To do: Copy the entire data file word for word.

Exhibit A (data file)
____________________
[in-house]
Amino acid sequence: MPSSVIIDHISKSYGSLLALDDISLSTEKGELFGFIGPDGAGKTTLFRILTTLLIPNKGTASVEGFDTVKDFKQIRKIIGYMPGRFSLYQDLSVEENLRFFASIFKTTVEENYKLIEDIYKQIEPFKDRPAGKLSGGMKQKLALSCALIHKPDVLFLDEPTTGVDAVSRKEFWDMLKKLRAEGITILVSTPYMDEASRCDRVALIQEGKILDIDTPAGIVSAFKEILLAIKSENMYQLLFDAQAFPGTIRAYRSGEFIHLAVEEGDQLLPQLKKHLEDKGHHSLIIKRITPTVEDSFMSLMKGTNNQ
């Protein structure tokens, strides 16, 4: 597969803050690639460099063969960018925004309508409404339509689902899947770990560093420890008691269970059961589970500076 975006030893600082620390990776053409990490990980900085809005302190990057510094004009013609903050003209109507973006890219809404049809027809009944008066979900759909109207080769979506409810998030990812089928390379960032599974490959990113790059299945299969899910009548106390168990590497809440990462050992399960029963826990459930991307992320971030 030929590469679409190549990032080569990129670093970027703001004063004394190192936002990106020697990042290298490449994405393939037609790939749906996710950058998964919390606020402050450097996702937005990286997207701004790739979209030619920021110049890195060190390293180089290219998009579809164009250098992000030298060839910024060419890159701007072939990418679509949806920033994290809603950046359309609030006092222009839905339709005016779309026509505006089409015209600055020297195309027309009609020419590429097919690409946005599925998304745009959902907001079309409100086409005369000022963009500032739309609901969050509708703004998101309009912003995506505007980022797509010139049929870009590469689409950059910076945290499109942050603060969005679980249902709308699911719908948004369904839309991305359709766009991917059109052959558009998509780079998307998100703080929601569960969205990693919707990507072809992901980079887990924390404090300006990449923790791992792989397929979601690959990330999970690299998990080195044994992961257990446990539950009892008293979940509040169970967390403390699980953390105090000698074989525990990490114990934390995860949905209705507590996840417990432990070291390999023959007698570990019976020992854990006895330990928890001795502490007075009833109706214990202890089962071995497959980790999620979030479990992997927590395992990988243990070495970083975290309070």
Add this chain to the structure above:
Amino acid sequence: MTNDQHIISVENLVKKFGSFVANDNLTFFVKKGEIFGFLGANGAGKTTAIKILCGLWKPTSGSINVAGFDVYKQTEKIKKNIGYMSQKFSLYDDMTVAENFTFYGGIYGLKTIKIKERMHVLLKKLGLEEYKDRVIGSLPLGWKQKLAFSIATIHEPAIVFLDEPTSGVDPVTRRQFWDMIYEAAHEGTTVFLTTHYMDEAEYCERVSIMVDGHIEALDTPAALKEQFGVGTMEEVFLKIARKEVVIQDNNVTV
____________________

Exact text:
[in-house]
Amino acid sequence: MPSSVIIDHISKSYGSLLALDDISLSTEKGELFGFIGPDGAGKTTLFRILTTLLIPNKGTASVEGFDTVKDFKQIRKIIGYMPGRFSLYQDLSVEENLRFFASIFKTTVEENYKLIEDIYKQIEPFKDRPAGKLSGGMKQKLALSCALIHKPDVLFLDEPTTGVDAVSRKEFWDMLKKLRAEGITILVSTPYMDEASRCDRVALIQEGKILDIDTPAGIVSAFKEILLAIKSENMYQLLFDAQAFPGTIRAYRSGEFIHLAVEEGDQLLPQLKKHLEDKGHHSLIIKRITPTVEDSFMSLMKGTNNQ
């Protein structure tokens, strides 16, 4: 597969803050690639460099063969960018925004309508409404339509689902899947770990560093420890008691269970059961589970500076 975006030893600082620390990776053409990490990980900085809005302190990057510094004009013609903050003209109507973006890219809404049809027809009944008066979900759909109207080769979506409810998030990812089928390379960032599974490959990113790059299945299969899910009548106390168990590497809440990462050992399960029963826990459930991307992320971030 030929590469679409190549990032080569990129670093970027703001004063004394190192936002990106020697990042290298490449994405393939037609790939749906996710950058998964919390606020402050450097996702937005990286997207701004790739979209030619920021110049890195060190390293180089290219998009579809164009250098992000030298060839910024060419890159701007072939990418679509949806920033994290809603950046359309609030006092222009839905339709005016779309026509505006089409015209600055020297195309027309009609020419590429097919690409946005599925998304745009959902907001079309409100086409005369000022963009500032739309609901969050509708703004998101309009912003995506505007980022797509010139049929870009590469689409950059910076945290499109942050603060969005679980249902709308699911719908948004369904839309991305359709766009991917059109052959558009998509780079998307998100703080929601569960969205990693919707990507072809992901980079887990924390404090300006990449923790791992792989397929979601690959990330999970690299998990080195044994992961257990446990539950009892008293979940509040169970967390403390699980953390105090000698074989525990990490114990934390995860949905209705507590996840417990432990070291390999023959007698570990019976020992854990006895330990928890001795502490007075009833109706214990202890089962071995497959980790999620979030479990992997927590395992990988243990070495970083975290309070």
Add this chain to the structure above:
Amino acid sequence: MTNDQHIISVENLVKKFGSFVANDNLTFFVKKGEIFGFLGANGAGKTTAIKILCGLWKPTSGSINVAGFDVYKQTEKIKKNIGYMSQKFSLYDDMTVAENFTFYGGIYGLKTIKIKERMHVLLKKLGLEEYKDRVIGSLPLGWKQKLAFSIATIHEPAIVFLDEPTSGVDPVTRRQFWDMIYEAAHEGTTVFLTTHYMDEAEYCERVSIMVDGHIEALDTPAALKEQFGVGTMEEVFLKIARKEVVIQDNNVTV